Most phones these days have compasses so this is largely redundant but it’s still good general knowledge if your phone battery dies. The obvious one is the sun – if it’s 4 pm, the sun is west, if it’s 9 am the sun is east. If it’s night time, you’ll need to know what hemisphere you’re in and a few star constellations – in the north the bottom two stars of the big dipper point to Polaris which is approximately north and in the south, the southern cross is easy to spot and slightly right of true south. (In reality, this gets somewhat more detailed, so research it if you’re really interested).

If you’re in a bright city you won’t be able to see stars so another neat trick is satellite dishes – all satellite dishes in the southern hemisphere will point somewhere north, and in the northern hemisphere somewhere south – but this is not exact. For example, in the US they all point south, but in the UK they point south-east.

stars


…..and last but not least:

TAKE RISKS, or:

“become an old man, filled with regret, waiting to die alone”.

Sleep in train stations, eat food that moves, visit a war-torn country, hit on the flight attendant, play poker with the Yakuza, drive an unlicensed £80 motorbike across Vietnam in the pitch black pouring rain with no lights, stow-away on a cruise-liner, blag your way backstage, get naked on the dance floor, tattoo yourself while drunk…… but whatever you do, don’t take the biggest risk of all – don’t die without ever having lived.


For more useful travel advice check out: Budget Travel Tips

travel tips
Budget Travel Tips

Budget Travel Tips

This is just a general guide on how I travel cheap, but in each individual country page I include more detailed, relevant information.


I have two facets to travelling cheap – “Saving while Working” and “Saving while Travelling”, but both revolve around similar core-concepts.  Depending on your income level and/or the way in which you like to travel, each may apply to you in a different way.


SAVING WHILE WORKING

C-ZgvnzXYAAR7E7Everyone is always asking how I travel so much. Sadly I have no big secret – I didn’t win the lottery, I’m not a trust-fund kid, I don’t have anybody paying for me. I simply follow one rule – earn high, spend low. Seems like an obvious statement, but very few people follow the second step. I spend as little as possible on rent by sharing rooms, staying in super cheap student housing or crashing on friends sofas. Of course, this would not suit everybody but hey – if you wanna travel the world and you’re not a millionaire you’re going to have to make some sacrifices!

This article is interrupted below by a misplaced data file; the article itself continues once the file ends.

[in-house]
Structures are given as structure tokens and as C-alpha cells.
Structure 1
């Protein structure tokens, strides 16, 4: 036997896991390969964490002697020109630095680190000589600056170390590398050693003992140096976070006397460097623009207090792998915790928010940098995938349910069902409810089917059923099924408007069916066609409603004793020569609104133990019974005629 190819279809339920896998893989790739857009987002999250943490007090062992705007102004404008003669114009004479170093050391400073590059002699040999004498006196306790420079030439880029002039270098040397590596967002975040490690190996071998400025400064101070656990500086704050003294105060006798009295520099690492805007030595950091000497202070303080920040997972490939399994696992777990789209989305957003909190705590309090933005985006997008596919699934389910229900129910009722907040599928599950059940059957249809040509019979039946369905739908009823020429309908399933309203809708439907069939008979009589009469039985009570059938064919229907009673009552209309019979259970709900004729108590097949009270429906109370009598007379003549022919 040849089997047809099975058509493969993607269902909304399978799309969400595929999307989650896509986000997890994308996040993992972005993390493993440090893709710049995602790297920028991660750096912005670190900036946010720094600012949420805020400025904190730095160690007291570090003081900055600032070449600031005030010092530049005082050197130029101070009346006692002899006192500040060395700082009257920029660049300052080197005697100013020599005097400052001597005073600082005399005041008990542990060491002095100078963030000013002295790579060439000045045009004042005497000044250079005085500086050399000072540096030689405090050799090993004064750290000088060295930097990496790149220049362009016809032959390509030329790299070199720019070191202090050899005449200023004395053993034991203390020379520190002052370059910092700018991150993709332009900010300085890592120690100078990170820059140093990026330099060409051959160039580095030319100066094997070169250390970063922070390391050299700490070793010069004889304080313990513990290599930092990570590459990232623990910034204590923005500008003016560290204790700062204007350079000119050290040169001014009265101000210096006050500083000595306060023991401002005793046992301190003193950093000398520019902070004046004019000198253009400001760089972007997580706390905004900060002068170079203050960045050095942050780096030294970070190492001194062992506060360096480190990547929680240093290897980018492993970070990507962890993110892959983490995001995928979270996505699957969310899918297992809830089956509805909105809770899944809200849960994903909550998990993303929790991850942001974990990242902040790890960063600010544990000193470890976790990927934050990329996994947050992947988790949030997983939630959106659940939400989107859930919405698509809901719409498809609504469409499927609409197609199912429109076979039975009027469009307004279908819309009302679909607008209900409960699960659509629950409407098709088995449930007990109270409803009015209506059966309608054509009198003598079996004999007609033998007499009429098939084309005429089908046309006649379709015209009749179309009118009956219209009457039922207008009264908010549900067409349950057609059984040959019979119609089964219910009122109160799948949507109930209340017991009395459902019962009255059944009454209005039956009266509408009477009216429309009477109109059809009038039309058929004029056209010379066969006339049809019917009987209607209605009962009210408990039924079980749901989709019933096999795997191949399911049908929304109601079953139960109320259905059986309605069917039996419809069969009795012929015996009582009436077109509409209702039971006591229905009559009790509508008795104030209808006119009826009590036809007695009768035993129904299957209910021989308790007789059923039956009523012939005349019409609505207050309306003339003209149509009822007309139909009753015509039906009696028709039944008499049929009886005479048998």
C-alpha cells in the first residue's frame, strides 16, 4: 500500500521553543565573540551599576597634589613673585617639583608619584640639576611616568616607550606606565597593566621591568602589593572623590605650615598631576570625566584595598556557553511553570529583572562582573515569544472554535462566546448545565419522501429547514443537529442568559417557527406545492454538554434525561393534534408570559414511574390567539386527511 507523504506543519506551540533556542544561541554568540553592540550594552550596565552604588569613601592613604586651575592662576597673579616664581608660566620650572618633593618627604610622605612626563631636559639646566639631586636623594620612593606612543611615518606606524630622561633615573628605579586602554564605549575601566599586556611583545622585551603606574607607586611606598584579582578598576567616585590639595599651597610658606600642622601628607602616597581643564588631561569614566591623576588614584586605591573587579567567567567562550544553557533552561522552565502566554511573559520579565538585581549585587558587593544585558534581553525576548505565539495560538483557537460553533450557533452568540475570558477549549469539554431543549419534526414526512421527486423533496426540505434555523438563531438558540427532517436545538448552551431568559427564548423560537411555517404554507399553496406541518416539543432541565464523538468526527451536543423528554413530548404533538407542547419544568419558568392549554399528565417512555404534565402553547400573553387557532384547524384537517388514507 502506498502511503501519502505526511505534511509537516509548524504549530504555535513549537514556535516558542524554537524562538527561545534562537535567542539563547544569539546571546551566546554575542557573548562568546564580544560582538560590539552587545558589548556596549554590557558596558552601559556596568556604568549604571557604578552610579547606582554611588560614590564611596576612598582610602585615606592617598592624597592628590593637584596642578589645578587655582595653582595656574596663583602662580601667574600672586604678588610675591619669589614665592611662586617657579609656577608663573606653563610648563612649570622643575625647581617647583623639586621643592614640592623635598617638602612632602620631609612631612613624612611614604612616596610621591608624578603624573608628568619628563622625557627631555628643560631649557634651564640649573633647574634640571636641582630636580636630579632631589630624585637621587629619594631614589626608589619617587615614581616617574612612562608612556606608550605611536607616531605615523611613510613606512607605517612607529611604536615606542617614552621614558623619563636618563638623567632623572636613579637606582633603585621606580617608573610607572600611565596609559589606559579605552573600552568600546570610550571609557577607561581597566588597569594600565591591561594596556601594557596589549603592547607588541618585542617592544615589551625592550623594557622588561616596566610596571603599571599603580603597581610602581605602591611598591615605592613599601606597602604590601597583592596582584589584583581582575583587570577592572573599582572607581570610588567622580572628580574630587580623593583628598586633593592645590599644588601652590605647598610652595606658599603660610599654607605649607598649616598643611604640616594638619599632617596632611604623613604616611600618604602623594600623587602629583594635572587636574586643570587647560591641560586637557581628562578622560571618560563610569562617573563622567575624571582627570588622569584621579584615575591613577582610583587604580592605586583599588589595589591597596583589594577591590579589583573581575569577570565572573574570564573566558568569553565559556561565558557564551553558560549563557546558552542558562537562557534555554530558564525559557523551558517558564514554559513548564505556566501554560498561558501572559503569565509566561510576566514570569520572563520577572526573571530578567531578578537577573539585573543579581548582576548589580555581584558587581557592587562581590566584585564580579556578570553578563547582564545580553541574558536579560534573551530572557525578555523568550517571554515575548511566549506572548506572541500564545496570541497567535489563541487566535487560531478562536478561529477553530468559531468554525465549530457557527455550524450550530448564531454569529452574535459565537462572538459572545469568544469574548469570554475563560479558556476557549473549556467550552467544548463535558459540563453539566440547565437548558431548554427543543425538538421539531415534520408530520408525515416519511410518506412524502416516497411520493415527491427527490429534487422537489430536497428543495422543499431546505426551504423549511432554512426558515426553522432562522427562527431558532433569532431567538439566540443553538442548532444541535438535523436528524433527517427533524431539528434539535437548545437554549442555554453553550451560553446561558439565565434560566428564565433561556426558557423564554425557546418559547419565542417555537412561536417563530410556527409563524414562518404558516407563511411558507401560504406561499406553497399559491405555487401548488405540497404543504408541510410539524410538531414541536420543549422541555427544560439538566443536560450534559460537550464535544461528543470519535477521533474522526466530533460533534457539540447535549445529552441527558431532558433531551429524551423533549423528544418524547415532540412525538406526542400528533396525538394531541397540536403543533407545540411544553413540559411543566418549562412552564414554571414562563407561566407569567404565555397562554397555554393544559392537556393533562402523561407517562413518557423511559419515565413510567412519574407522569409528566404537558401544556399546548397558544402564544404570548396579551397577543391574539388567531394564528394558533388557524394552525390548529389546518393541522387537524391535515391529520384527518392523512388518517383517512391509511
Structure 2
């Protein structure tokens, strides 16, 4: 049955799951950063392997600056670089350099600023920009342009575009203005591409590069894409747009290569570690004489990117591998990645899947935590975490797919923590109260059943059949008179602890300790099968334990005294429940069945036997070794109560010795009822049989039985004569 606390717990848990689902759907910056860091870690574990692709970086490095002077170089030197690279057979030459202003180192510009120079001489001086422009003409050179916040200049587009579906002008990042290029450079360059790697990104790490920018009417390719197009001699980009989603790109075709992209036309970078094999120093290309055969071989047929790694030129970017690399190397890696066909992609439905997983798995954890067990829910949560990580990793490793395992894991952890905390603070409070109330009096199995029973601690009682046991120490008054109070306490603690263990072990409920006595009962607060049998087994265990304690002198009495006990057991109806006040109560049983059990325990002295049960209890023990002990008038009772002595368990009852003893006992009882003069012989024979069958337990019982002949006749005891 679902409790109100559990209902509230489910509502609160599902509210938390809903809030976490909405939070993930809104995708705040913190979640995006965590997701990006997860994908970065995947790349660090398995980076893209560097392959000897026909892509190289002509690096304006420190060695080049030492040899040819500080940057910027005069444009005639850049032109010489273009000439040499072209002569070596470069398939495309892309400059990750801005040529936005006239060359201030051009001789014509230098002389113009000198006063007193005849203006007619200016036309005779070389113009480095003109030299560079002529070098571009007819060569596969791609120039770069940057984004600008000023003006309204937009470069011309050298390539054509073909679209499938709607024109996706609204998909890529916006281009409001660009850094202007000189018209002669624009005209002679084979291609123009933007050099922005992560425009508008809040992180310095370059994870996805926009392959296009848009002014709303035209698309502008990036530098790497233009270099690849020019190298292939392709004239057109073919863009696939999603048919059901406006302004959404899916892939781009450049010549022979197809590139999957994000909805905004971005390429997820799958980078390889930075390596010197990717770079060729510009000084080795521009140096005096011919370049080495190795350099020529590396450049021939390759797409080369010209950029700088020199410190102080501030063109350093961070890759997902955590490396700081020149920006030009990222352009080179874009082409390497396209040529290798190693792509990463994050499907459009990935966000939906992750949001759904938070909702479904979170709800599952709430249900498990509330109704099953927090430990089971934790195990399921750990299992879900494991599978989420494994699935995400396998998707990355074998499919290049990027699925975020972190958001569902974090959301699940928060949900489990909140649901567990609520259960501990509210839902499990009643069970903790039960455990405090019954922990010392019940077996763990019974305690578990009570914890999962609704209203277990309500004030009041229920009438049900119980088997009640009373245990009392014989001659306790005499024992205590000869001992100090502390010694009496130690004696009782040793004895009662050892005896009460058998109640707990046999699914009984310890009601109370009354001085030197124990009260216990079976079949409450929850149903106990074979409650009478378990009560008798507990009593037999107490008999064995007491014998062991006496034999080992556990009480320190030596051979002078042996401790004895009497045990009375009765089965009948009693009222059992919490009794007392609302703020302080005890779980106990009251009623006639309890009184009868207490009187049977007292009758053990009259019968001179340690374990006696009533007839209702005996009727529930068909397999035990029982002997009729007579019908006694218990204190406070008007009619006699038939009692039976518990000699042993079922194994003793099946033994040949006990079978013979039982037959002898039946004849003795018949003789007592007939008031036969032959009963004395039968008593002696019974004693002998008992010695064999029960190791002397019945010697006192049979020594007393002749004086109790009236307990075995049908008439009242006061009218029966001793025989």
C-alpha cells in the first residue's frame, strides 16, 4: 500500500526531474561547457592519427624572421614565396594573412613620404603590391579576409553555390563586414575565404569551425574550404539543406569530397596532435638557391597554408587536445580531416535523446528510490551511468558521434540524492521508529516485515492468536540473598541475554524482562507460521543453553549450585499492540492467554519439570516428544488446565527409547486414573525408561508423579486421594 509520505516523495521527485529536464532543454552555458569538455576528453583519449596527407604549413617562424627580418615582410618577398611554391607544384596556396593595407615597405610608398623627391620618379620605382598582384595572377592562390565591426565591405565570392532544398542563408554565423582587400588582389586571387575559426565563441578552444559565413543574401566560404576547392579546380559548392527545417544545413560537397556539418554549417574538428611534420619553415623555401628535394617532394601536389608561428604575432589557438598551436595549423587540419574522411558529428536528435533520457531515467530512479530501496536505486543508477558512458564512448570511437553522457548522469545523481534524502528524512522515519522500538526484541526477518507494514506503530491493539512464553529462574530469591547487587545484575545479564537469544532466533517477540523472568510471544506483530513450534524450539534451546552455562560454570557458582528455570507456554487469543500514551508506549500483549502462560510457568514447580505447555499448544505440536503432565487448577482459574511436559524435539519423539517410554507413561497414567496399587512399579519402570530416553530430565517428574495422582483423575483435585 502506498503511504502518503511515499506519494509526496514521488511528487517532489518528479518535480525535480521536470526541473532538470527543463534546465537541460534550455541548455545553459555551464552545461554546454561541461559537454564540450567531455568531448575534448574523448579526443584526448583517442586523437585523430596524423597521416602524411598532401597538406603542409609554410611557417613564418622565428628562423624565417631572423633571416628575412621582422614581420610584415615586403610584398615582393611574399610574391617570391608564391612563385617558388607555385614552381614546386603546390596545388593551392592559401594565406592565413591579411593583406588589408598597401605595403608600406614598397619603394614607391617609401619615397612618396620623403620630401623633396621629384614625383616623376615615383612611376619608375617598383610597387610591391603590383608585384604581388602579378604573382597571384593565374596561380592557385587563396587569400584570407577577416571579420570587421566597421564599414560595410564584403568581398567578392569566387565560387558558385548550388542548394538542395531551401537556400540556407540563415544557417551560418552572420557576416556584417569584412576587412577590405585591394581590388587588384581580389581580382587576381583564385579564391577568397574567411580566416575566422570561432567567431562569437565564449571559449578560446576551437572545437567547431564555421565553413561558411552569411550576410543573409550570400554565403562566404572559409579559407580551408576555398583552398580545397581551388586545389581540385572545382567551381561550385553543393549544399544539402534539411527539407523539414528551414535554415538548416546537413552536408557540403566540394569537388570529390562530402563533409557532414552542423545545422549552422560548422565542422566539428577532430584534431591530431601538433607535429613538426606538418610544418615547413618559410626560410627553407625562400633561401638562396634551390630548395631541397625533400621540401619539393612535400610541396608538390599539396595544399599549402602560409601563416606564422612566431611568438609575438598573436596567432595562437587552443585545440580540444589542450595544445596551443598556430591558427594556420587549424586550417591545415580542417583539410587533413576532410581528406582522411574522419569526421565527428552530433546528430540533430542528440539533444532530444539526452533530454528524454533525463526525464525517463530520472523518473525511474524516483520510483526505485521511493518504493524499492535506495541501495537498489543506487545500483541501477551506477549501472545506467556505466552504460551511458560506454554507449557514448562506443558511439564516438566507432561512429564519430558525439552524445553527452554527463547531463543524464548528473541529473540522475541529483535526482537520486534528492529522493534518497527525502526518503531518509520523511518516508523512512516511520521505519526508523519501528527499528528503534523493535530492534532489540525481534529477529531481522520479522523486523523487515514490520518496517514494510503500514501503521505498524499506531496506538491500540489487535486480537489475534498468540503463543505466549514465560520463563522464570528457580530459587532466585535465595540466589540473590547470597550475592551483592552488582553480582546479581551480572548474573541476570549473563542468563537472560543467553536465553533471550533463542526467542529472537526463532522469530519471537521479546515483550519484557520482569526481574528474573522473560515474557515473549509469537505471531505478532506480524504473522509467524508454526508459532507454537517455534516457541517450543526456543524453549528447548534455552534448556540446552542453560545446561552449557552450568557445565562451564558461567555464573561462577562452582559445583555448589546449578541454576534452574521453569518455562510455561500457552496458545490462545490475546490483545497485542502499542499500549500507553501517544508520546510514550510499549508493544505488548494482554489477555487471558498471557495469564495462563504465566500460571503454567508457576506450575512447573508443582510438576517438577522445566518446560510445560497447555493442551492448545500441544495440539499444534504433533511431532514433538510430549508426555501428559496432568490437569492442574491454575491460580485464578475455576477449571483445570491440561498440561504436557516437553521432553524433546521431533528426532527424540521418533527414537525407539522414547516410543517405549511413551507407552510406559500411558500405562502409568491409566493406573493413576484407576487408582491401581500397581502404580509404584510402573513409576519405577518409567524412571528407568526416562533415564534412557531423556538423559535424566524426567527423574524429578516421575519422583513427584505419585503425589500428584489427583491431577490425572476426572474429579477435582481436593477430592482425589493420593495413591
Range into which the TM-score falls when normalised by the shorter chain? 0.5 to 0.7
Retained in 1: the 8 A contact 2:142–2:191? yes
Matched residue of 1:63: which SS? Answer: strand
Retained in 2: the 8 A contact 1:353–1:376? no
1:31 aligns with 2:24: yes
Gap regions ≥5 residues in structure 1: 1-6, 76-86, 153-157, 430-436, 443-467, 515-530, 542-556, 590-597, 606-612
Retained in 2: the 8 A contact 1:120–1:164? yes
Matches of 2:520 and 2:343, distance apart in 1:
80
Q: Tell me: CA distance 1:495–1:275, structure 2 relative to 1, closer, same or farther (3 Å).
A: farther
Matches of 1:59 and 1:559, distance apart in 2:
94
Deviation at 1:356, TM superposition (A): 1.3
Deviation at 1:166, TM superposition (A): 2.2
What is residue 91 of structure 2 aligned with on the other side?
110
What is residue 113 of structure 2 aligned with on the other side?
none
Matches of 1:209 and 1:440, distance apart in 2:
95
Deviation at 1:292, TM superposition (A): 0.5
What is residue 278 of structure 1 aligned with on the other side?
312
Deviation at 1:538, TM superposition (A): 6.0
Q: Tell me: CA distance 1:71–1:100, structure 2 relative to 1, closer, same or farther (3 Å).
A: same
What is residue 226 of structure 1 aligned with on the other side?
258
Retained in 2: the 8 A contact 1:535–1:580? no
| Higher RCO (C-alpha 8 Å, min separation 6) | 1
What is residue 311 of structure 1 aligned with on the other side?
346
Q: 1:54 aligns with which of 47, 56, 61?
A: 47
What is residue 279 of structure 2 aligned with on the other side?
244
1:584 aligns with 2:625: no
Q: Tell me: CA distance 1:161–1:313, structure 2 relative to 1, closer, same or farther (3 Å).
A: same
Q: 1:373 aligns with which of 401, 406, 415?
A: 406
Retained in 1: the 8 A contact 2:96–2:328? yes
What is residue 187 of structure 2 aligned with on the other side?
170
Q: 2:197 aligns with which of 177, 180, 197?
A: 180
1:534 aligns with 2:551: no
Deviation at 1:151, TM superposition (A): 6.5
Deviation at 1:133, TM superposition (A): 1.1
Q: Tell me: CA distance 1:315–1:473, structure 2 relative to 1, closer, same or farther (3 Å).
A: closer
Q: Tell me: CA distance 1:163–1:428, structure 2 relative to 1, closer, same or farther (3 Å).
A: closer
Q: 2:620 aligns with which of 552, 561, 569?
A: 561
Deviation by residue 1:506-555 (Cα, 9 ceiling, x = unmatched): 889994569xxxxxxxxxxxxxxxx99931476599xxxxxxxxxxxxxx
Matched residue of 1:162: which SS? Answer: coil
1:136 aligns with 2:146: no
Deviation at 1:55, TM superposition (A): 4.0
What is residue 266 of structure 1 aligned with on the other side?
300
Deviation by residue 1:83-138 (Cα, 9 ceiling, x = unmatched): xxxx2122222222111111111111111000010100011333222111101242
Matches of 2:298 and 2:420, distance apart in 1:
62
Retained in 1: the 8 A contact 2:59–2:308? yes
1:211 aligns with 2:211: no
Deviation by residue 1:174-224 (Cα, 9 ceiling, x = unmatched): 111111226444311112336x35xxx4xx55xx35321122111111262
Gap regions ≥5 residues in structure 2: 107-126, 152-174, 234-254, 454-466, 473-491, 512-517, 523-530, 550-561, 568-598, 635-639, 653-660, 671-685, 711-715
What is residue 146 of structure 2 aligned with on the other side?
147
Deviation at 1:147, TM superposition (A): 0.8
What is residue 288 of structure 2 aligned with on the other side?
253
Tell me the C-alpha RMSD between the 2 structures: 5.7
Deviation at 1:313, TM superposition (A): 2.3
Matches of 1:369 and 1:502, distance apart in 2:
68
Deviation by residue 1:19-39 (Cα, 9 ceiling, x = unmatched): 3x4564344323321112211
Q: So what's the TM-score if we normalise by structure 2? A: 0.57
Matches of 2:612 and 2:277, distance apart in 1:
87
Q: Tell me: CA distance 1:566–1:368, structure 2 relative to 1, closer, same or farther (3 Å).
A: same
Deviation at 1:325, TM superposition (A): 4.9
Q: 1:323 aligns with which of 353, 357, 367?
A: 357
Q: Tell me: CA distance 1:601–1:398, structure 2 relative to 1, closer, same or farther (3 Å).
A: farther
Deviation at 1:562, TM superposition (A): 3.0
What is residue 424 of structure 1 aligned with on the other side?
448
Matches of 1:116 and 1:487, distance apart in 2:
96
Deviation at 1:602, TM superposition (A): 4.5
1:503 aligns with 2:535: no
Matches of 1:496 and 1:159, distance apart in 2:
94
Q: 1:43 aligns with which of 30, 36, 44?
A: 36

4924b0772cad94008653b216980c869e1d4ec953I also eat a lot of rice, frozen veg, spaghetti, tin tomatoes etc, always buy reduced price food, almost never drink out at bars or pubs and never eat at restaurants. I cycle EVERYWHERE. In fact this is probably my biggest saving – I save over £2000 a year simply by refusing to ever pay for public transport or taxis, even if it’s 3am and it’s raining. Like I said – sacrifices. There are various other ways, like taking a packed lunch to work and drinking the free work coffee instead of the exorbitantly over-priced coffee shops (I mean seriously, £3 for a coffee? Are you crazy?).  I also almost never buy clothes unless it’s an absolute necessity, and even then we’re talking £3 t-shirts or £10 jeans, usually at second-hand stores. oPFUfIn fact everything I buy is second-hand – shpock and facebook marketplace are my saviours. I never sign up to anything – I’ve never had a phone contract, I don’t have spotify, netflix, sky, a gym membership – in fact I’ve never had a single direct-debit on my bank account. In short, when working and saving I live like someone on minimum wage or less, but that’s fine because the other 6 months of the year I can travel the world which makes it all worthwhile.  Which takes us to step two…


 

SAVING WHILE TRAVELLING

Accommodation

Hostels and Hotels
bombay-delightDo you like fancy hotels, private rooms, hot water, air-con? This might not be the blog for you. Once again, travelling cheap means sacrifices – you know that little option at the top of hotel search apps that says “Sort by Price – Low to High”? Yeah, I use that a lot. Hostels are your best friend if you’re travelling alone, but in many places it’s also possible to find private rooms for almost the same price. For example I recently found a really nice private room in Sri Lanka for £5 a night! Okay sure, the bathroom was shared but this is hardly a big problem. If you’re travelling as a couple you can often get a private room for the same price as two hostel beds. My favourite apps are Hostel World and Trivago. (Booking.com is very popular but they sometimes have hidden costs not included in the quoted price and their customer service is terrible so I would avoid them.)

Staying with Locals
Sites like Couchsurfing and WarmShowers are also great for meeting and staying with local residents, and getting the chance to experience a country like locals do. The Couchsurfing app tries to convince you to pay and verify your account but you can use it fine without being verified.  Many countries in Asia have ‘homestays’ – local people who rent out cheap rooms in their houses and invite you live with them as if you were part of the family.